Video review of this year’s new mat from Exped.
Video review of this year’s new mat from Exped.
Notable gear on my recent Lakes trip.
Tarptent Stratospire 1
I purchased the Stratospire just over a year now and have slept in it around 14 nights so I have reasonably good knowledge of it capabilities and as with all tents the little bits that you would like to change. Firstly this is a large tent for the weight (around 1 kg) with 2 large porches which can really swallow up a lot of gear. Although an unusual design, it is very clever the way the inner runs across the tent rather along the ridge giving plenty of room.
With the pitch-lock system seen on the Scarp and the use of two trekking poles you can get a really taut pitch. Add the front and back main guys and you can nail the tent down. Henry Shires describes the Stratospire as one of his strongest tent with a four season rating. To be honest I have not been able to test this claim as most of the nights I have spent in the tent have be in calm conditions even when camped above 2000 feet. It certainly performs well in heavy rain conditions and is a tent that you can live in wet weather with so much space for cooking and moving around. The inner tent has plenty of head room at the centre and it comfortable to sleep in. Like a number of Tarptents it lacks pockets but I have solved this by buying some inexpensive hanging pockets weighing 11g each.
The inner is part solid which is I think is a good compromise for the UK. The zip arrangement is in a J format, and ideally it would be an inverted T zip, but it is a minor issue. Pitching with two trekking poles means that you can adjust the height of the pitch to take into account of uneven or sloping ground.
The inner tent can be unclipped – with the clips being a little stiff so it takes a bit longer than it should. Doing so means that there is plenty of space to completely pack up in the dry when it is wet outside and drop the flysheet at the last moment.
Exped Hyperlite Mat
I have owned the Exped Synmat UL 7 mat for 4 and bit years At the beginning of the year I started noticing a a small bulge in the bottom of the mat when inflated and later on another bulge appeared, so I thought it was time to purchase a new mat. The Hyperlite mat weighs 345g in medium size compared to 460g for Synmat UL 7, so a reasonable good saving on weight and pack size. I also think that it is one of the lightest full length mats with insulation on the market, achieved by making it into a mummy shaped mat. The mat has a very similar R value to the Synmat and is just as comfortable – Exped mats being the most comfortable mats I have slept on. The Hyperlite is wide enough for my shoulders and even though is slimmer than the Synmat I have not rolled off. The weather on this trip went down to 2C and it was perfectly OK at this temperature. The fabric is soft and warm to the touch.
A video review is on it’s way.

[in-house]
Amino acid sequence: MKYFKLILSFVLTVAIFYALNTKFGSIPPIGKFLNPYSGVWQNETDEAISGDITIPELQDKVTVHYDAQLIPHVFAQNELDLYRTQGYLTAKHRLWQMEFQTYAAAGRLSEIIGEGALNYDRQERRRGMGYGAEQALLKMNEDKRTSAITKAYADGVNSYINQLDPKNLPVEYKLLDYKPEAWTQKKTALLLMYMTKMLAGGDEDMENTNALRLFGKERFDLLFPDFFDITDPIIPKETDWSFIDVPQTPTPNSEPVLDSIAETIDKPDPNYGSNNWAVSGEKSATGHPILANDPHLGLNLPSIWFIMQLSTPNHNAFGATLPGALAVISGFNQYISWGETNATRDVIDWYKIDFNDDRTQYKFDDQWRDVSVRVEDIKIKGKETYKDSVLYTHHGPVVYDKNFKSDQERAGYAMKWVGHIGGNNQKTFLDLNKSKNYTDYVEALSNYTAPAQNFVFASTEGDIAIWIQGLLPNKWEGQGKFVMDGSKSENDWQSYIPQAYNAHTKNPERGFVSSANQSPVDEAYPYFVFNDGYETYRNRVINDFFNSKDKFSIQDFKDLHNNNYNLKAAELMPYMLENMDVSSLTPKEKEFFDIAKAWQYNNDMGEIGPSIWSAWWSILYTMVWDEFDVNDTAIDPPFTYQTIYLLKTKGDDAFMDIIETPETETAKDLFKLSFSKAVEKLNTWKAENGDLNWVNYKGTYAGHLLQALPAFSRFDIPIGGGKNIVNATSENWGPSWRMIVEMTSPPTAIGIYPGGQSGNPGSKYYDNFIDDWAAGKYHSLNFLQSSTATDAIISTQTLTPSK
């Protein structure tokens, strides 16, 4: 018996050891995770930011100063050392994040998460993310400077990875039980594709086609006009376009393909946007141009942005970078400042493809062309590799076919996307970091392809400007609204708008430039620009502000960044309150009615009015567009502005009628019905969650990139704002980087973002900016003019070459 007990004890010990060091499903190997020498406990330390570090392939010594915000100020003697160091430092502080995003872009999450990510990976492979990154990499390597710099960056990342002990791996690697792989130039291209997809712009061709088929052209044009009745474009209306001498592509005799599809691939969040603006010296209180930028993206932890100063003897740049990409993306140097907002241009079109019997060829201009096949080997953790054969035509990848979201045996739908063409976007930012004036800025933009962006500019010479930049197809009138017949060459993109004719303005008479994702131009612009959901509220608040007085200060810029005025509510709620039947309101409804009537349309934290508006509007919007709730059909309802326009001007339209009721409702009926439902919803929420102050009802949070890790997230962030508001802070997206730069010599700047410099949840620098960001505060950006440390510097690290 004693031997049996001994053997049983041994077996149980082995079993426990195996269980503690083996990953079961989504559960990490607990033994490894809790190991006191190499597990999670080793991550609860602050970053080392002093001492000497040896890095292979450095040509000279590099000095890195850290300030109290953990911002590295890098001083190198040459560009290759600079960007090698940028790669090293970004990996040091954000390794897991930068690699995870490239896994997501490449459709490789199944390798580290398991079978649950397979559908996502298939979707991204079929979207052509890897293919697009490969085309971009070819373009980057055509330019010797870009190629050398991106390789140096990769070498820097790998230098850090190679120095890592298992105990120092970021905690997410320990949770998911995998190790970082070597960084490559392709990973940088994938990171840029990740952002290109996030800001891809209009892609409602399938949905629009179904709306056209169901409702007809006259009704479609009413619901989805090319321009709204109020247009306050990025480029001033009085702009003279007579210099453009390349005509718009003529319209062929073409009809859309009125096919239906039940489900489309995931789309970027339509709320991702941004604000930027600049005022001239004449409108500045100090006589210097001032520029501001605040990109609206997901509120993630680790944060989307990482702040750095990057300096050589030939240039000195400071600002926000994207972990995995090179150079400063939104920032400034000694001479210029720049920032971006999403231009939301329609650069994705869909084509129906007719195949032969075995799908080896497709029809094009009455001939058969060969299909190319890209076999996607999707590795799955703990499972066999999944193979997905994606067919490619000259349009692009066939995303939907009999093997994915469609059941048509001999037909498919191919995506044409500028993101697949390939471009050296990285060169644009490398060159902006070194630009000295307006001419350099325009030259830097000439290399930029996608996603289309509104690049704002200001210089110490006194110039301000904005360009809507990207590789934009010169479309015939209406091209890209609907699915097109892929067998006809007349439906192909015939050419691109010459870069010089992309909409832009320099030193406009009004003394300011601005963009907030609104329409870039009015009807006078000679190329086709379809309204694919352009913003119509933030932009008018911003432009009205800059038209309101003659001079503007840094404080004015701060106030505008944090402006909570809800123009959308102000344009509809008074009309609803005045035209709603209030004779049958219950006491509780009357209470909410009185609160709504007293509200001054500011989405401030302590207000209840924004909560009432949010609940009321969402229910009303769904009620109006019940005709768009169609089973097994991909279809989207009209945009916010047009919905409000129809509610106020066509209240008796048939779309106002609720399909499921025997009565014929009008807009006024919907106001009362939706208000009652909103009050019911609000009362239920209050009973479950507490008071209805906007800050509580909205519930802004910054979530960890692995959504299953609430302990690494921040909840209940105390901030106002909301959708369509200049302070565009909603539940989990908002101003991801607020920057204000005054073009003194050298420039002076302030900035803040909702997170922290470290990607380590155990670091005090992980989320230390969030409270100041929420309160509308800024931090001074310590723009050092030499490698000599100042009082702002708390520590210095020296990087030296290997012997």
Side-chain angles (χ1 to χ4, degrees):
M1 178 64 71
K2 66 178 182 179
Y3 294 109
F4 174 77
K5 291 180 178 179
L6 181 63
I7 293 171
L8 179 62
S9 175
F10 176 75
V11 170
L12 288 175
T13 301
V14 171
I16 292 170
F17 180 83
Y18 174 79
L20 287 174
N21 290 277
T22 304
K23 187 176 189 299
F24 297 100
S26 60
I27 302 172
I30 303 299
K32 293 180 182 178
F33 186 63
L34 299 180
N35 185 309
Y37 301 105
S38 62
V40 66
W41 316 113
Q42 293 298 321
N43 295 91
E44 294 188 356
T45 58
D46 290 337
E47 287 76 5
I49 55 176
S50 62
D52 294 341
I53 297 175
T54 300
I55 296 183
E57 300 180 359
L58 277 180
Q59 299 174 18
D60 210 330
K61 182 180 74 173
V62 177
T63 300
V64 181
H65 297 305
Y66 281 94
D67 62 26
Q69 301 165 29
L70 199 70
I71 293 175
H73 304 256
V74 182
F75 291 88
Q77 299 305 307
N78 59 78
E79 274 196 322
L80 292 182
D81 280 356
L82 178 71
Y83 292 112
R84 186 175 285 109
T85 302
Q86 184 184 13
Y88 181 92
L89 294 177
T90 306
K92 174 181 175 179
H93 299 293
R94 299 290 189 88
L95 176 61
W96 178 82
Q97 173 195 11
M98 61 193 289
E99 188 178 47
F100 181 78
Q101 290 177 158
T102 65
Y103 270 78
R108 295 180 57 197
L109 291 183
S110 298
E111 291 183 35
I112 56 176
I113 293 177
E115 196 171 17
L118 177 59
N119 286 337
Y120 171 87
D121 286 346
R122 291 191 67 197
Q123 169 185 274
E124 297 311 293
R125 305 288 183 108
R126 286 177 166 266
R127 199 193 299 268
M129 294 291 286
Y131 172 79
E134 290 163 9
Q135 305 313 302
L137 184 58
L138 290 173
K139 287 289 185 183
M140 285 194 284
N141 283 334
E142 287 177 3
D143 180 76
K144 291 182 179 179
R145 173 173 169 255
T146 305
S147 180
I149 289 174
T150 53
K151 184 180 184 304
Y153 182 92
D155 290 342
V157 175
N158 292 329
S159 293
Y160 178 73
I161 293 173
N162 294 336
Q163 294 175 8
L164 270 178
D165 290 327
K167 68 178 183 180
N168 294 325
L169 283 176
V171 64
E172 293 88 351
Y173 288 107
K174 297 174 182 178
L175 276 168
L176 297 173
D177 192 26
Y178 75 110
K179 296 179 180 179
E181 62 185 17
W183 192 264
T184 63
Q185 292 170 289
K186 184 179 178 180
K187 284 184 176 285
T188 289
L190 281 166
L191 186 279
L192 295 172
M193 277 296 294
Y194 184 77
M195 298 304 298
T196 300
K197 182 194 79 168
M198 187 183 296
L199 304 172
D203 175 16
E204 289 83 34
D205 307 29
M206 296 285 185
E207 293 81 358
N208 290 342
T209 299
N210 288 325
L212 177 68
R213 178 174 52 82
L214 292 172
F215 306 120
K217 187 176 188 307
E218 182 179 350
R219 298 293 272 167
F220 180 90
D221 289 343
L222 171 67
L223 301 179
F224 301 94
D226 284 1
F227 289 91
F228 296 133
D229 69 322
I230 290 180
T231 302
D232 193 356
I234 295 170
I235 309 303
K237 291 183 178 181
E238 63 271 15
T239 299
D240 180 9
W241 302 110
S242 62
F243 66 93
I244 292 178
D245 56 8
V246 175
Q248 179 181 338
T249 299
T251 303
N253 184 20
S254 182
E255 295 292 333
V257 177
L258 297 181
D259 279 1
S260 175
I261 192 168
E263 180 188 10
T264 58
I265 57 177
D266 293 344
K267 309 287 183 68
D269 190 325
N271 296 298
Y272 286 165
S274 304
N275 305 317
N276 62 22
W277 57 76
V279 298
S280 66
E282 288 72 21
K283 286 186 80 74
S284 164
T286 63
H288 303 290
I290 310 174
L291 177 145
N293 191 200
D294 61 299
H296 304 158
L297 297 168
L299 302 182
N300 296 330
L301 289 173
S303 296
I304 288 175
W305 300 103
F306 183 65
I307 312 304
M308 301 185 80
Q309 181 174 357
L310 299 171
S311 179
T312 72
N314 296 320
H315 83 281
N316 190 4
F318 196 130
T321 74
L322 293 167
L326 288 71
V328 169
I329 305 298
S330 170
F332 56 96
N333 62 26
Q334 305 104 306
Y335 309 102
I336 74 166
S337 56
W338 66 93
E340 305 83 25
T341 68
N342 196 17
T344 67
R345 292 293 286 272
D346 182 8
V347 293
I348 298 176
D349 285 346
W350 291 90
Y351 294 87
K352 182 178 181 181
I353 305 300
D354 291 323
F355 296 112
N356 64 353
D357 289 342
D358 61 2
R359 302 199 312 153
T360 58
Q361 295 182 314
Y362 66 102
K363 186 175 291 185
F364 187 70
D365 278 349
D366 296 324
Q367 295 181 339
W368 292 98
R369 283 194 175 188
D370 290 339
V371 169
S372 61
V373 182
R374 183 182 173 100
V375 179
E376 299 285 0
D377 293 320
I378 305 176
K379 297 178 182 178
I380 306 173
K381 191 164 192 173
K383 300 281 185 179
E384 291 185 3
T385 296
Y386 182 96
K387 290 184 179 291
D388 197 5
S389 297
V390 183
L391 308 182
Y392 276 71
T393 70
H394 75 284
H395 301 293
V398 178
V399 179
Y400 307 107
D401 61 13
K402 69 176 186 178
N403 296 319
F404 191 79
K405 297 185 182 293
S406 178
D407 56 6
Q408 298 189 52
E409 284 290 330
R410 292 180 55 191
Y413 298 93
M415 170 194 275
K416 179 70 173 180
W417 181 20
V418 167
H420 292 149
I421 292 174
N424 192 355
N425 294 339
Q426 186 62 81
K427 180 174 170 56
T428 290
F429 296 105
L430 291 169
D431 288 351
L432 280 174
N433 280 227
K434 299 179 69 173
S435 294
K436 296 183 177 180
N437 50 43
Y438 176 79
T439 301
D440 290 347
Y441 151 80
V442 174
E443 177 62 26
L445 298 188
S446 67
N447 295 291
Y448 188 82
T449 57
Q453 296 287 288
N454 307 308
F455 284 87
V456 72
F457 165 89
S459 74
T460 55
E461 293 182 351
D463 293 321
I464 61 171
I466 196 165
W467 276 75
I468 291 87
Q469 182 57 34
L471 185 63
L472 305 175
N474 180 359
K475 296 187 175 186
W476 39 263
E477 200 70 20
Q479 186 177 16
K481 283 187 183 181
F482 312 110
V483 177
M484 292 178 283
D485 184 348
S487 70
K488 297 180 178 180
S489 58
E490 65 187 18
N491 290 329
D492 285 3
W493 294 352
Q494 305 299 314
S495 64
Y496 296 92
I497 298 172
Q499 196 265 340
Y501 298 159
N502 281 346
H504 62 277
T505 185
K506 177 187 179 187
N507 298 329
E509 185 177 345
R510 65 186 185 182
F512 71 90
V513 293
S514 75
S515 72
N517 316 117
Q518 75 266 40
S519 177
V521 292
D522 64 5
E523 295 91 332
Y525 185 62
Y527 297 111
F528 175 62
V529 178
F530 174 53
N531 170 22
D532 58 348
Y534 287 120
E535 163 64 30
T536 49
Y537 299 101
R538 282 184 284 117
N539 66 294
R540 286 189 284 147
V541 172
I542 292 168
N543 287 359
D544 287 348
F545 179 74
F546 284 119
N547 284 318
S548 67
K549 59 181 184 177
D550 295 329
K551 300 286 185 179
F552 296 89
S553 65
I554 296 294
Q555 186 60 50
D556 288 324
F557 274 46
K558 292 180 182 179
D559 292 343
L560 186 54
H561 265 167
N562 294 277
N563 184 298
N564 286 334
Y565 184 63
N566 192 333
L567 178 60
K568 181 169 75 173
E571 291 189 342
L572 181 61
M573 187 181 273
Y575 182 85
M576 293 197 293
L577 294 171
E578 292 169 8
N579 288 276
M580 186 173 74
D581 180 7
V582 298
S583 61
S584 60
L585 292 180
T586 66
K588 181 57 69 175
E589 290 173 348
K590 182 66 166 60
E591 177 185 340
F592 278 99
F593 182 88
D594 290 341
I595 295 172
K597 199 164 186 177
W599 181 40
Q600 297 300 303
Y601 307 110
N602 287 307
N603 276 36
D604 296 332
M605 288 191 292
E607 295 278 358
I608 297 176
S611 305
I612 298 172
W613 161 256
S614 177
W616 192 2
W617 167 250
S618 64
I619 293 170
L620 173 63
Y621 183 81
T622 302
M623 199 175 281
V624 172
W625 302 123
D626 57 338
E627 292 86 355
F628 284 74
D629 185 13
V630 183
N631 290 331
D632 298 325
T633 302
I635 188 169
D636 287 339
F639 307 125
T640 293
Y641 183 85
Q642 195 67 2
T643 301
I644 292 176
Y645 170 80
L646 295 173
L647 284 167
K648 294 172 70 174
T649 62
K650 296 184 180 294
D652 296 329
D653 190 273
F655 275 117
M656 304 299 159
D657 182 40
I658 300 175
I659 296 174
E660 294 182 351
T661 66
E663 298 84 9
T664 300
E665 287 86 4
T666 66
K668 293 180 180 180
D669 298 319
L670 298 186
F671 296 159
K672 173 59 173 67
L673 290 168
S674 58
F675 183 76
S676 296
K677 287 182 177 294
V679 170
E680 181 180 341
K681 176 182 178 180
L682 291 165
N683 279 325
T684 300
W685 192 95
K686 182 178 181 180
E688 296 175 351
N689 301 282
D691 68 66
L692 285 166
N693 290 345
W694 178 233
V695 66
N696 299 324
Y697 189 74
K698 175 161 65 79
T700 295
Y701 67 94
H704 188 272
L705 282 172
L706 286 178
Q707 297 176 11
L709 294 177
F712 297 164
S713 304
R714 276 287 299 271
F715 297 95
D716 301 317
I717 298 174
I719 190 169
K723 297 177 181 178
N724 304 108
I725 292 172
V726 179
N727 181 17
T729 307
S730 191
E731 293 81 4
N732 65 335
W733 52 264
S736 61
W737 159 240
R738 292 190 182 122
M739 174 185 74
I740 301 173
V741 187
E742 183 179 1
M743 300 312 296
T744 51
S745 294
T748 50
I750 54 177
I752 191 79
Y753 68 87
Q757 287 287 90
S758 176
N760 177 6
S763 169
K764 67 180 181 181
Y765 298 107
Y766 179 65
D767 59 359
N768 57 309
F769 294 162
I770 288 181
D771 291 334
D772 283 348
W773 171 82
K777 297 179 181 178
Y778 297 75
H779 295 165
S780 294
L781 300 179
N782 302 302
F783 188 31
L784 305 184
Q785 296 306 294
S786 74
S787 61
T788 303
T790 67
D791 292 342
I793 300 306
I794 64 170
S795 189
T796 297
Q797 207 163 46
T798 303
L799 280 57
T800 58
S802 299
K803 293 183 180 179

Montane Grand Tour 55 backpack
I have owned this backpack for 18 months and purchased in a sale at nearly half price. Weighing 1345g there are lighter packs but it is the most comfortable backpack I have owned. The balance is spot on and the weight is transferred beautifully onto the hips. I am very happy with the backpack. The fabric used is tough with the mesh and fabric pockets very stretchy. Probably slightly too large for anything less than a four day trip but having less gear in it doesn’t cause an issue.
Also see my video review of last year on the Grand Tour 55 here
Columbia micro- fleece – Klamath Range 2
I purchased this in the USA recently at a Columbia outlet store, with the good exchange rate, it was tenner. Being an outlet it was heavily discounted in dollars to start. Weighing just 202 grams in medium, it is one of the lightest fleeces I have found. Very soft and moderately warm, it is ideal to put over my base layer or as it the case of this trip over my Columbia hiking shirt ( a purchase from a previous US trip) during the summer months. Add the Montane Litespeed windshirt over both and you would extend later or earlier in the year.
The micro-fleece is available in the UK priced £25.00. Link is here
REI – Schwag pockets
Purchased at REI in San Franciso, I was on the look out for lightweight pockets for several of my tents that do not have pockets in the inner tent. Weighing 11 grams each and costing £6 for the pair, they do the job and are very cheap. Hangs up from a mitten hook attached at the top. Not sure they are available outside of the USA.
I wasn’t happy with the first version of the third video in my series. Here is the new version.
Three videos showing the various options you have using this pyramid tent. To ensure I have communicated the right weights for the various options, I have detailed these below.
Wickiup flysheet – 675g + Chinese Silnylon inner – 392g + pole – 322g= total of 1389g
the above using trekking poles linker (45g) instead of pole = total of 1112g
Wickiup flysheet – 675g + Borah Gear Bivvy – 218g + pole – 322g= total of 1215g
the above using trekking poles linker (45g) instead of pole = total of 938g
Wickiup flysheet – 675g + Wickiup inner – 880g + pole – 322g= total of 1877g
the above using trekking poles linker (45g) instead of pole = total of 1555g
First video shows the Wickiup 3 using silnylon inner from China. The inner cost £34 delivered to the UK. Inner can also be used with Trailstar
Second video shows option with Borah Gear Bivvy
Third video shows the full option with the Wickiup inner.
A trip abroad was long overdue. The last few years have been spent doing up our old house, moving and doing up our new one – well at least starting on it! We always enjoyed the fantastic scenery of the Western United States, and so we decided on a touring trip of California with a small incursion into Nevada. Half of the holiday would be spent in National and State parks camping and half the time in San Francisco with a side trip to Las Vegas. Vegas is an experience, whether you like that thing or not. I have been several times on business conventions, but the rest of the family had not.